Insulin and insulin-like growth factors (IGFs) mediate a variety of signals involved in mammalian development and metabolism. To study the metabolic consequences of IGF-I deficiency, we used the liver IGF-I-deficient (LID) mouse model. The LID mice show a marked reduction (∼75%) in circulating IGF-I and elevated growth hormone (GH) levels. Interestingly, LID mice show a fourfold increase in serum insulin levels (2.2 vs. 0.6 ng/ml in control mice) and abnormal glucose clearance after insulin injection. Fasting blood glucose levels and those after a glucose tolerance test were similar between the LID mice and their control littermates. Thus, the high levels of circulating insulin enable the LID mice to maintain normoglycemia in the presence of apparent insulin insensitivity. Insulin-induced autophosphorylation of the insulin receptor and tyrosine phosphorylation of insulin receptor substrate (IRS)-1 were absent in muscle, but were normal in liver and white adipose tissue of the LID mice. In contrast, IGF-I-induced autophosphorylation of its cognate receptor and phosphorylation of IRS-1 were normal in muscle of LID mice. Thus, the insulin insensitivity seen in the LID mice is muscle specific. Recombinant human IGF-I treatment of the LID mice caused a reduction in insulin levels and an increase in insulin sensitivity. Treatment of the LID mice with GH-releasing hormone antagonist, which reduces GH levels, also increased insulin sensitivity. These data provide evidence of the role of circulating IGF-I as an important component of overall insulin action in peripheral tissues.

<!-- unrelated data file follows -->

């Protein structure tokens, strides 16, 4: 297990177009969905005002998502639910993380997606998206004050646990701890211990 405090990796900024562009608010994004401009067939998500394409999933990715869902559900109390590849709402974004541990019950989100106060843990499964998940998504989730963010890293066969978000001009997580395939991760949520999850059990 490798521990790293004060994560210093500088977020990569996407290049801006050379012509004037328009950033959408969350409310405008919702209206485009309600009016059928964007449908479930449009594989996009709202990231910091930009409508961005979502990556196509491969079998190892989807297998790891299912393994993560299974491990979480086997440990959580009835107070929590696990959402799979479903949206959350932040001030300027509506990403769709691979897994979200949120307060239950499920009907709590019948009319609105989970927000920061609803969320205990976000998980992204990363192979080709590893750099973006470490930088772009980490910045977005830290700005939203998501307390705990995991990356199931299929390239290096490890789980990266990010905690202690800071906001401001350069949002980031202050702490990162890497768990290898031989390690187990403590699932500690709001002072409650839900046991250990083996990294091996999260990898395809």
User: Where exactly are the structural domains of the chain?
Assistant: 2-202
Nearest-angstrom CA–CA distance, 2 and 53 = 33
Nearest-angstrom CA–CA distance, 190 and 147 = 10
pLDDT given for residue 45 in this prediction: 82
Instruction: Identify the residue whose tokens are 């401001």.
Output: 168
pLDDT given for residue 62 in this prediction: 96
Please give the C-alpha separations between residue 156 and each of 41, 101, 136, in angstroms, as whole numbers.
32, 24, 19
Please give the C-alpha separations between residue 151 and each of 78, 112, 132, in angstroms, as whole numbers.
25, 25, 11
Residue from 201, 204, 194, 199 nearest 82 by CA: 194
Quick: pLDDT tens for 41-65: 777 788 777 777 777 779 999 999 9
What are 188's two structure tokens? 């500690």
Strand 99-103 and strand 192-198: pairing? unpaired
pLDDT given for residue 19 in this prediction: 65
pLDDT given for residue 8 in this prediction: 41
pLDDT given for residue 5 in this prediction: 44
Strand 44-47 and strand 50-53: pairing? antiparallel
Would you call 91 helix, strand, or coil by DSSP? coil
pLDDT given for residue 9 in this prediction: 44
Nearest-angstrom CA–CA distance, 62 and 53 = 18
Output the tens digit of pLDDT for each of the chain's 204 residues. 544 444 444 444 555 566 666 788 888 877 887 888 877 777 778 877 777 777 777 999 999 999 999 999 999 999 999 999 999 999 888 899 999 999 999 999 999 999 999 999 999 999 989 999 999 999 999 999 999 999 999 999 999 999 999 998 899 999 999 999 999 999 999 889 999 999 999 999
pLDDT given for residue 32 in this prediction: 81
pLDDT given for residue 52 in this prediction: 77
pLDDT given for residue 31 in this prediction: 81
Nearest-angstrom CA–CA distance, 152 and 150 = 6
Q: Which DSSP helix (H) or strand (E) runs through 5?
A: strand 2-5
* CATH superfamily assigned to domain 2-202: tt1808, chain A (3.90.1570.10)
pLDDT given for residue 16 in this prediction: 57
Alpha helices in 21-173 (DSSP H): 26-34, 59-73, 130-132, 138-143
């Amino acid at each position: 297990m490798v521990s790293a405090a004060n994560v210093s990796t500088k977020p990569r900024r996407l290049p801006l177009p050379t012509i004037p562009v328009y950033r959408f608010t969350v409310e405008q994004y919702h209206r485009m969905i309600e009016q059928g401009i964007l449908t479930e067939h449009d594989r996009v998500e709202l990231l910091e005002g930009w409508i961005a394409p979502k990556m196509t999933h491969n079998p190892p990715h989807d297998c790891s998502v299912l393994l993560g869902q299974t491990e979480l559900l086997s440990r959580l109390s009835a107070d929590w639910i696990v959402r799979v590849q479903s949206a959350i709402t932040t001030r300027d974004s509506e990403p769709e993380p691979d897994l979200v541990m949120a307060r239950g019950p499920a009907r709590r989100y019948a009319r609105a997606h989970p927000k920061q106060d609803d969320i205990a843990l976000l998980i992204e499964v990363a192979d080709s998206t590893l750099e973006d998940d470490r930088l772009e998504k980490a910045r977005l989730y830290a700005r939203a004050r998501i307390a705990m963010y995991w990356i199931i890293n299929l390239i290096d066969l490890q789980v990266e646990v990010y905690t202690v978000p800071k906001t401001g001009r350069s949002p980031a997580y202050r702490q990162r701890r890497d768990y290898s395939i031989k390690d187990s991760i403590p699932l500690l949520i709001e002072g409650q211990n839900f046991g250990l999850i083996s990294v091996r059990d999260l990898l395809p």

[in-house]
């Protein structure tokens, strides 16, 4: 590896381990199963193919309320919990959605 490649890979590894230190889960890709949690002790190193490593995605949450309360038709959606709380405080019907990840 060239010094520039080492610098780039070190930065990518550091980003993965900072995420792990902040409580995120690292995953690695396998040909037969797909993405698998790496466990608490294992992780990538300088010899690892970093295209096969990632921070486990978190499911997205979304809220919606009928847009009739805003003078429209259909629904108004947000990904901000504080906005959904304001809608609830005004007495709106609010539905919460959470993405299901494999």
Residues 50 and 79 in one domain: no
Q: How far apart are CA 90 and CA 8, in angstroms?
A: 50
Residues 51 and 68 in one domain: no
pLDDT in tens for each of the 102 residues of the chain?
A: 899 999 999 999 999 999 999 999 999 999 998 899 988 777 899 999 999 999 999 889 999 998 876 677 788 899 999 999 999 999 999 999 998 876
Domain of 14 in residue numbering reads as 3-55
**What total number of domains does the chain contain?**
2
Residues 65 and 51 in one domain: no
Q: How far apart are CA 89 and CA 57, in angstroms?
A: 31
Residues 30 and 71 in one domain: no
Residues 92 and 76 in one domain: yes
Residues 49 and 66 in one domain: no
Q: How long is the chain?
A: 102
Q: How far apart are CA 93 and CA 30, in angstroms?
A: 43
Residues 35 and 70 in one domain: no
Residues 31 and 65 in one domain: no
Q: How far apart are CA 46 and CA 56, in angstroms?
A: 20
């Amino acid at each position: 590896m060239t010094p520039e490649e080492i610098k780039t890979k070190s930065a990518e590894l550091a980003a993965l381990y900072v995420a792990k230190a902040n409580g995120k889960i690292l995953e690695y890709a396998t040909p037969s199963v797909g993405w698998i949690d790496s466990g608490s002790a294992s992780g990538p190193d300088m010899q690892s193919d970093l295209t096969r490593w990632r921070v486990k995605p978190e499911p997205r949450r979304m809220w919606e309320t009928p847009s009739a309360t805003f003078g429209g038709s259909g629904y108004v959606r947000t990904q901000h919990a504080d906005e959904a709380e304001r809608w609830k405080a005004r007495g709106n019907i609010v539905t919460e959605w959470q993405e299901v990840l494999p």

ASJC Scopus subject areas
- Internal Medicine
- Endocrinology, Diabetes and Metabolism